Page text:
How to Avoid Tree Transplant Shock

TitleEvery year, countless trees and shrubs are planted in the mid-Michigan area and elsewhere. No matter what the source materials are, many homeowners and gardeners find that the new tree transplant isn’t doing as well as expected in the new location. This condition, a result of the physical stresses of root loss, is called transplant shock.

When a tree is dug up and re-planted, a big portion of the root ball is often lost. It takes a while for the plant to recover. Transplant shock results in the plant becoming more vulnerable to diseases, insects and adverse environmental conditions such as drought. The period between transplant and recovery, which may last up to three years, is very critical to a tree’s survival and long-term health.

A few key practices are important during this root re-establishment phase, for a transplanted tree to ultimately thrive in the new site:

Prepare the new site carefully

Digging a hole for a tree transplant involves more than just putting a spade to the ground. You must measure the root ball to determine what size the hole needs to be. The hole should be at least 2x wider than the root ball, and as deep as the previous planting site.

Transplant shock is also minimized when the roots are exposed to the elements for a shorter period of time. So as much as possible, dig the new hole first, and move the plant into it as soon as possible. Otherwise, cover the root ball with wet newspaper or burlap and keep the transplant out of direct sunlight.

Support the tree transplant with stakes

In addition to providing nourishment, roots also anchor the tree to the ground. A newly-transplanted tree will not have sufficient support until new roots have grown into the transplant site. Adding stakes, and retaining them for a year or two, will help stabilize the tree until enough roots have grown.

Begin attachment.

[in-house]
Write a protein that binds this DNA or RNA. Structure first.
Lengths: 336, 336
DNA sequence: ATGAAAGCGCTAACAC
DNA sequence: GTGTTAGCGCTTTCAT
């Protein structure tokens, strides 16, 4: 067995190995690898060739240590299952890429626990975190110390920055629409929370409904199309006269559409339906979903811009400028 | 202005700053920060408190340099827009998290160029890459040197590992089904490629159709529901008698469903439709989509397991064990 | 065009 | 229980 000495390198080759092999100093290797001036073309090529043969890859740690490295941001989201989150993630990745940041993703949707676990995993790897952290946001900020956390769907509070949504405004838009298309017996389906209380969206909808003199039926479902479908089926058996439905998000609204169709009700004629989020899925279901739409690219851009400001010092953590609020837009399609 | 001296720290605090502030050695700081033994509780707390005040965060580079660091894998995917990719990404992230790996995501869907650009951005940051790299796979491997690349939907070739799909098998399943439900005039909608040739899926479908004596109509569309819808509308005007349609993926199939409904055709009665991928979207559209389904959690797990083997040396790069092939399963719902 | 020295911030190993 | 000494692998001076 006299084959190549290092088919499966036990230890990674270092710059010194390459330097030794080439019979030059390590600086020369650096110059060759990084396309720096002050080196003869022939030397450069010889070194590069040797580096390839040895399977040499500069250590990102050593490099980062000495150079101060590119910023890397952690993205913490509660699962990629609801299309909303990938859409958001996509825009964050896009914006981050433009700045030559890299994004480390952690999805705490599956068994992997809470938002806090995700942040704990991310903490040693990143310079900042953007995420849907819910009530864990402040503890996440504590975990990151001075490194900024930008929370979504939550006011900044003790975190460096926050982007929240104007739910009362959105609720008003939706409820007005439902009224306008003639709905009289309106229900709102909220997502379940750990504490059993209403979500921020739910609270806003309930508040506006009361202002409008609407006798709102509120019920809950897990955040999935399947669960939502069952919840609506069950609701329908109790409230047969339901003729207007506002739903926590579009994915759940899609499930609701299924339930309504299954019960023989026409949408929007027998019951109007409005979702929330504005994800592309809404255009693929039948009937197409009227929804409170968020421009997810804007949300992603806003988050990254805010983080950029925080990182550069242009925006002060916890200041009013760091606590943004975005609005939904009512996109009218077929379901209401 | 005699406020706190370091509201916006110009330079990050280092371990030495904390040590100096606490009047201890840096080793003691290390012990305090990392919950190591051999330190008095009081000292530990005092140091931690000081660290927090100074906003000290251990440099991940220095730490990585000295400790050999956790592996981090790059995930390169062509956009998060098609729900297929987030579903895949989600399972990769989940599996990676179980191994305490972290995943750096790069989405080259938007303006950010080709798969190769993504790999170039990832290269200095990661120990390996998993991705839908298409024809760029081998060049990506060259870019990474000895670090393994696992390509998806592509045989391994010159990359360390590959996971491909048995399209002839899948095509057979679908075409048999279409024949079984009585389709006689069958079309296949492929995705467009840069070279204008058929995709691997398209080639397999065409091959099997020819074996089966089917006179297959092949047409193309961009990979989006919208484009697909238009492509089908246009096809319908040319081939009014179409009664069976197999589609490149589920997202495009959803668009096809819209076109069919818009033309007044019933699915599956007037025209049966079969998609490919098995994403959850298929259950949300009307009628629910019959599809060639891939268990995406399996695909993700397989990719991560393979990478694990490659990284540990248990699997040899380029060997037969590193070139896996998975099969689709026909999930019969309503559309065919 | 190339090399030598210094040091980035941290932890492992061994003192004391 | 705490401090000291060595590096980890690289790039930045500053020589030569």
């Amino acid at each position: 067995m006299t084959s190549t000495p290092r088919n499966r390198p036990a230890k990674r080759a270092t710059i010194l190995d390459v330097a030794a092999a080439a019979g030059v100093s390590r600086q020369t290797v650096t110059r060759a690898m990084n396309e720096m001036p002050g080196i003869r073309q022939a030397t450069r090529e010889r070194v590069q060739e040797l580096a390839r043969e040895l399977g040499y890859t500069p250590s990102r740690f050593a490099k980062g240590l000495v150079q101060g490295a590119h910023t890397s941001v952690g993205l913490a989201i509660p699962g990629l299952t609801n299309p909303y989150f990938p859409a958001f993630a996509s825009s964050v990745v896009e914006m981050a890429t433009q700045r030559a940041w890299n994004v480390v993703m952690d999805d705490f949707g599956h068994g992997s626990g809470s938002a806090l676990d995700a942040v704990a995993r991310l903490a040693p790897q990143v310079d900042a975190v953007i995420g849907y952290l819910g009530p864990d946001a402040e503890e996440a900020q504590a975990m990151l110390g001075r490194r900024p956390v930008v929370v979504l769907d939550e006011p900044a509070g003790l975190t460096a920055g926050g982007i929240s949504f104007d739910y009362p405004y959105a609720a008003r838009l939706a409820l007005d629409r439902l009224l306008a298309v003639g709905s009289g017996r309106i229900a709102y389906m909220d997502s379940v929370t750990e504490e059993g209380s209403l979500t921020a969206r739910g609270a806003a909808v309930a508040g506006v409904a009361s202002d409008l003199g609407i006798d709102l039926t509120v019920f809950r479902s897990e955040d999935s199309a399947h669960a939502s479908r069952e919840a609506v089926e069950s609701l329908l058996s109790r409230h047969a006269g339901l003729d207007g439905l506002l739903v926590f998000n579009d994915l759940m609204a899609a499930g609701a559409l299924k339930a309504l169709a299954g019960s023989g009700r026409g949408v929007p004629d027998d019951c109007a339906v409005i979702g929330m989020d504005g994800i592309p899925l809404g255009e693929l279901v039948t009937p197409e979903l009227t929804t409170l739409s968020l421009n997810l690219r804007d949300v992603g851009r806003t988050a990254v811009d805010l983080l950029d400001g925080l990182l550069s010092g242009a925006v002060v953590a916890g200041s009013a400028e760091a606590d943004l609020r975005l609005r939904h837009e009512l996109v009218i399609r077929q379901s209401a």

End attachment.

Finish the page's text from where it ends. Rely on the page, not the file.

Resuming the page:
Encourage root growth

During the first year after a tree transplant, the goal of the gardener must be to encourage root growth and re-establishment. Fertilize the planting soil with root boosters such as bonemeal. Avoid high-nitrogen fertilizers that encourage foliage growth, which only stresses out the roots even more.

Keep the soil evenly moist

With the root system compromised, a transplanted tree will be unable to withstand any extremes in water supply. Protect it from both drought and excess water. Check the soil regularly; the soil one inch below the surface near the base of the tree should be moist.

Protect from disease and insects

Any plant in your property should be watched for evidence of insect infestation or disease. But this is even more important for newly-transplanted trees. A thriving plant may be manifesting transplant shock through its susceptibility to pests and diseases. Keep an eye on your new trees, especially over the first year.

When you start with healthy plants, and follow these tips to avoid tree transplant shock, you will ensure that your new trees and shrubs will thrive in their new environments.

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